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#StopSIM: NHS England are bringing police into mental health services. What could possibly go wrong?

trigger-warning

A "transformative" new mental health model wants to bring police into support services. Campaigners say it will criminalise the most vulnerable.

14 May

Diyora Shadijanova

Content warning: detailed accounts of police violence, suicidal ideation

Last month, a flurry of posts began appearing on social media, detailing experiences under a new scheme. They contained worrying reports – people in mental crisis involved in the scheme would call support services, only to be threatened with prison if they contacted the likes of an ambulance.

These posts outlined the experiences of “high-risk” individuals on the receiving end of the Serenity Integrated Mentoring (SIM) scheme – a new mental health support model, currently being adopted by NHS England. It works by assigning people in distress –  typically “high intensity users” of emergency services or those perceived to be at high risk of suicide and self-harm – to mental health professionals and police officers to assist with challenging cases. 

Police officers, or “High Intensity Officers” (HIOs) are given primary responsibility for behavioural management, placing pressure on individuals to reduce “high-cost behaviour” and stop “demonstrating intensive patterns of demand”. Police may ensure compliance using threats of legal action, such as Community Behaviour Orders. Conflating the “best results” with a reduction in 999 calls, demand for services and hospital admissions, SIM answers the crisis with police intervention rather than holistic patient support.

The scheme is in full flow. Hailed as “transformative”, it was originally piloted on the Isle of Wight in 2013 and is in the process of being rolled out across England. Currently, SIM is in operation across London and is supported by the South London and Maudsley NHS Foundation Trust which treats more than 45,000 patients in South London communities.

Despite claims of reforming the mental health system, mental health campaigners say SIM symbolises the creeping encroachment of police powers and the stigma deeply embedded within mental health care.

A leaked page of staff comments from the original SIM pilot evidence worrying cruelty from NHS staff towards service users, including seeming support for ‘scaring’ users into not repeatedly contacting the service for help. “I dislike her less now”, comments one staff member, speaking about a patient. “We can tell a service user that consequence X could happen. Police tell the same person that consequence X will happen”. Users can be threatened with prosecution or prison if they continue calling for aid.  

SIM’s opponents say that the police presence is designed to be “coercive”, giving doctors and nurses the “confidence” to not treat patients in ways they would have done previously  – such as keeping the individual in the emergency department for observation, pursuing the individual if they decide to discharge themselves and requesting the police to conduct a welfare check at home. The creator of SIM, ex-police sergeant Paul Jennings, claims the root of unsustainable demand lies in over-dependence and behavioural issues, rather than the underfunding and inequalities that have crippled the system.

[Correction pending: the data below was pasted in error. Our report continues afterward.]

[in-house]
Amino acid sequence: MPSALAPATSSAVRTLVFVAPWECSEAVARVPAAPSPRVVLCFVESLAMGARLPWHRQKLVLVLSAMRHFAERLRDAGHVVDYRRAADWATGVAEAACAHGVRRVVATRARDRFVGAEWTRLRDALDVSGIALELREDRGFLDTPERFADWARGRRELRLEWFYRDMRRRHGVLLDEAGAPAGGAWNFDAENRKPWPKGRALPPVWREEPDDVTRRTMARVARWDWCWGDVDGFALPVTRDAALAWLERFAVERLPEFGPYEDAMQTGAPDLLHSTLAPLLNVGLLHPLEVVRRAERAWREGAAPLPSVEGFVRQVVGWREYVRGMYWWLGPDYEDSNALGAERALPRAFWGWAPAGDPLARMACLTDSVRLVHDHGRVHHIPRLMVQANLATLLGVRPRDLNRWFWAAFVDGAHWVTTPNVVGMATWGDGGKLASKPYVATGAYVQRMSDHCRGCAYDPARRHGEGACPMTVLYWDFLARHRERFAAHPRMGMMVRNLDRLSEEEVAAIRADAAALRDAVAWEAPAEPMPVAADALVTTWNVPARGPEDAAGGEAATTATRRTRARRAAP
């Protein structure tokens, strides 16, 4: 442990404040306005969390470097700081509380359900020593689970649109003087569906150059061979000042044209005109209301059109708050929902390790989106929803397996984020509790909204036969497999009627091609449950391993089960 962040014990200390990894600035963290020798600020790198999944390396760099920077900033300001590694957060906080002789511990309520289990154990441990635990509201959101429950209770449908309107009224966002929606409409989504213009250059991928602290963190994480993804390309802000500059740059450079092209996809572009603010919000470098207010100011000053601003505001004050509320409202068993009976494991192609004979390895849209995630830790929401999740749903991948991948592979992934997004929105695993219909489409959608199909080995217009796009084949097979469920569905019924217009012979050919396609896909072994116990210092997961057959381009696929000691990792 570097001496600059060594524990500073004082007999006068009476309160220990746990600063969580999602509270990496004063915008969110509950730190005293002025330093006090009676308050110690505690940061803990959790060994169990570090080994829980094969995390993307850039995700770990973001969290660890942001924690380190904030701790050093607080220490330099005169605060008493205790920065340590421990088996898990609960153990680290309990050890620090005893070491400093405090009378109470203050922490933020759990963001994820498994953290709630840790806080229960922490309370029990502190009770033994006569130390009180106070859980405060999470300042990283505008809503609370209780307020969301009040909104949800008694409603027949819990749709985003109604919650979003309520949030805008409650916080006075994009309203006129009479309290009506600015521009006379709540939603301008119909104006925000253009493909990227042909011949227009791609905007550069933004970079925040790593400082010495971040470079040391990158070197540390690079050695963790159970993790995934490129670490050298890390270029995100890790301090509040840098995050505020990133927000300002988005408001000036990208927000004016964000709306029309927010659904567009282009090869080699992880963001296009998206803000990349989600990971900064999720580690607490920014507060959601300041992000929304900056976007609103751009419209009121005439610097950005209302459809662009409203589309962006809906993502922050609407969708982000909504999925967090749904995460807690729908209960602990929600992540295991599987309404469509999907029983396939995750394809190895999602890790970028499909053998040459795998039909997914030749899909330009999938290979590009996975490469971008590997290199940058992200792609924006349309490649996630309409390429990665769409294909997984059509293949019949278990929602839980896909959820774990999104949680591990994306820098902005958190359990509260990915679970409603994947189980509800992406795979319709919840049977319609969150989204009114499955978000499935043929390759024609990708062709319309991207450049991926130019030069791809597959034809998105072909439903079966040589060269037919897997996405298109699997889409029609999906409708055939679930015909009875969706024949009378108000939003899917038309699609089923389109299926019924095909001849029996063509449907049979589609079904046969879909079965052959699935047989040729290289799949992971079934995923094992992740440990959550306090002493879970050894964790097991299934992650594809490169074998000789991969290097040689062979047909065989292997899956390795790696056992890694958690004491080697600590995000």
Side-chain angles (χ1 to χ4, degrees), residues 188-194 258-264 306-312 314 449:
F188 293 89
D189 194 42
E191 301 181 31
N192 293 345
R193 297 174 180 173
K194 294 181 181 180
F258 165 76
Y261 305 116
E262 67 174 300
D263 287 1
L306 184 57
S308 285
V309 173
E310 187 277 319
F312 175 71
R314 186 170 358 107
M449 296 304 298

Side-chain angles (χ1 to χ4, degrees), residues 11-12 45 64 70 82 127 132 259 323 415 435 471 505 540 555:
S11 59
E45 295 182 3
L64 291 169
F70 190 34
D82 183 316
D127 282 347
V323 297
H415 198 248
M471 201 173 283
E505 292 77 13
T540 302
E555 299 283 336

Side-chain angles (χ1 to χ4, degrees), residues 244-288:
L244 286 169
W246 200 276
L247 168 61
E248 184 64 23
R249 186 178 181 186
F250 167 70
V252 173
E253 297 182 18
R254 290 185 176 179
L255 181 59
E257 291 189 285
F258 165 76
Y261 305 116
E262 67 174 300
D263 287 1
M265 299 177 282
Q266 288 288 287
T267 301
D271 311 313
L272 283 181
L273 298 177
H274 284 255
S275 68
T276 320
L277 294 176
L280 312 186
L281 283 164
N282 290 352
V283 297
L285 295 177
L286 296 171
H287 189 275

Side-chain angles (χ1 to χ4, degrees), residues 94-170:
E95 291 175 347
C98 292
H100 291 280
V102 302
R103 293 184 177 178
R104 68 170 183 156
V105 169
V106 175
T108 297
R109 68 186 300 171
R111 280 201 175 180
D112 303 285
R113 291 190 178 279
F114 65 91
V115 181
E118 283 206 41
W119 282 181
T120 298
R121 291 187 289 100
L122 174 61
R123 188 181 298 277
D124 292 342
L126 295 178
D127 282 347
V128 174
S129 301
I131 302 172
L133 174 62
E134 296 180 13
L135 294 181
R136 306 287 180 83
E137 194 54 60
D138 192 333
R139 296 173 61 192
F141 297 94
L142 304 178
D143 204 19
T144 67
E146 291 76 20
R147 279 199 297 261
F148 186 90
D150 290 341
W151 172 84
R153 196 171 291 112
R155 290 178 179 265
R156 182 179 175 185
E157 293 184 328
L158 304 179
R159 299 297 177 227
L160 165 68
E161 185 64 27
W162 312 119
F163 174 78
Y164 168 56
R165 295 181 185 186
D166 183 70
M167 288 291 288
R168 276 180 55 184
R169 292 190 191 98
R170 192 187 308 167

Questionable methods

At the forefront of efforts to combat the advance of the scheme are StopSIM, a coalition of users with lived experience of mental health services. StopSIM has questioned the methodology behind the scheme, which lacks evidence and trauma-informed input from service users. The coalition has also raised concerns about the sharing of medical information with the police without patient consent, which, they say, is likely to have a “disproportionate impact on ethnic minorities […]”. History backs this prediction up; ethnic minority communities are less likely to approach healthcare services when police and government agencies are involved.

Post-Windrush, one report found the scandal led to people from ethnic minority communities being afraid to seek cancer care during the pandemic, while migrant survivors of domestic abuse often are unwilling to seek help from police, social services or authorities for fear of Home Office involvement. Meanwhile, research commissioned by NHS England revealed patients seeking mental health support from Black and ethnic minority backgrounds are disproportionately subject to physical restraint and coercive forms of treatment, instead of being treated with outpatient and holistic methods.

Now SIM, say activists, entrenches stereotypes they’ve worked for years to eradicate; self-harm is likened to “manipulative behaviour” and people with ‘personality disorder’ diagnoses are told to “take responsibility” for their distress, to reduce engagement with services. The scheme espouses the belief that people who express suicidal thoughts, but don’t die, are not genuinely suicidal and thus not an area of concern, placing them in a category of people who attend A&E for “false, malicious or unnecessary reasons”. 

Questions also surround the qualifications of those behind the services; the High Intensity Network, responsible for SIM, claims part of its legitimacy via its supposed work with Mental Elf, an evidence-based blog. Mental Elf  says it has never worked with the organisation.

“SIM echoes the ideals underpinning the infamous Victorian ‘madhouse’ Bedlam where, instead of receiving intervention, patients were criminalised for their mental illness”

While existing mental health crisis plans involve the police if a person is deemed at risk of harming themselves, SIM is a step up in the state-sanctioned criminalisation of mental illness. The scheme also reinforces the individualisation of mental health issues, rather than promoting treatment through well-funded mental health support networks.